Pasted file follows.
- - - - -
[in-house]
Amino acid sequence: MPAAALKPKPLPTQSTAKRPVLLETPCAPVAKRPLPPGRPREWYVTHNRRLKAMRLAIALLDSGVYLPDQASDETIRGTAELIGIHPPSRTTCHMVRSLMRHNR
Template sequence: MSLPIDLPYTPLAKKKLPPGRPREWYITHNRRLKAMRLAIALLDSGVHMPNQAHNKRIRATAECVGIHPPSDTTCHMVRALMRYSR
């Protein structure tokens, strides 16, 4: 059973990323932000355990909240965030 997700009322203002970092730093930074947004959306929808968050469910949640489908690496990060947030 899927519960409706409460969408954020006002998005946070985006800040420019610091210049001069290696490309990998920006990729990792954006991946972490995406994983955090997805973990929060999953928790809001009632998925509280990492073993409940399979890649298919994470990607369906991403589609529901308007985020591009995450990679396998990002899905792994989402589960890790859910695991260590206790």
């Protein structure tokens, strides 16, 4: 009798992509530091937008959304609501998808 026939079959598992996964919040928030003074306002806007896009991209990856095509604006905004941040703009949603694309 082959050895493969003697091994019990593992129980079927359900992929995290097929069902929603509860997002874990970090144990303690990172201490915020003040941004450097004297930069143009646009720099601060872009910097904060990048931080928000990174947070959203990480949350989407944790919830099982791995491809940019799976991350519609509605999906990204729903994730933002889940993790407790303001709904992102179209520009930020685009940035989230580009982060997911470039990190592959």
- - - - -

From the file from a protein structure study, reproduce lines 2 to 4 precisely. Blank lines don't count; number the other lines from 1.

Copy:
Amino acid sequence: MPAAALKPKPLPTQSTAKRPVLLETPCAPVAKRPLPPGRPREWYVTHNRRLKAMRLAIALLDSGVYLPDQASDETIRGTAELIGIHPPSRTTCHMVRSLMRHNR
Template sequence: MSLPIDLPYTPLAKKKLPPGRPREWYITHNRRLKAMRLAIALLDSGVHMPNQAHNKRIRATAECVGIHPPSDTTCHMVRALMRYSR
């Protein structure tokens, strides 16, 4: 059973990323932000355990909240965030 997700009322203002970092730093930074947004959306929808968050469910949640489908690496990060947030 899927519960409706409460969408954020006002998005946070985006800040420019610091210049001069290696490309990998920006990729990792954006991946972490995406994983955090997805973990929060999953928790809001009632998925509280990492073993409940399979890649298919994470990607369906991403589609529901308007985020591009995450990679396998990002899905792994989402589960890790859910695991260590206790």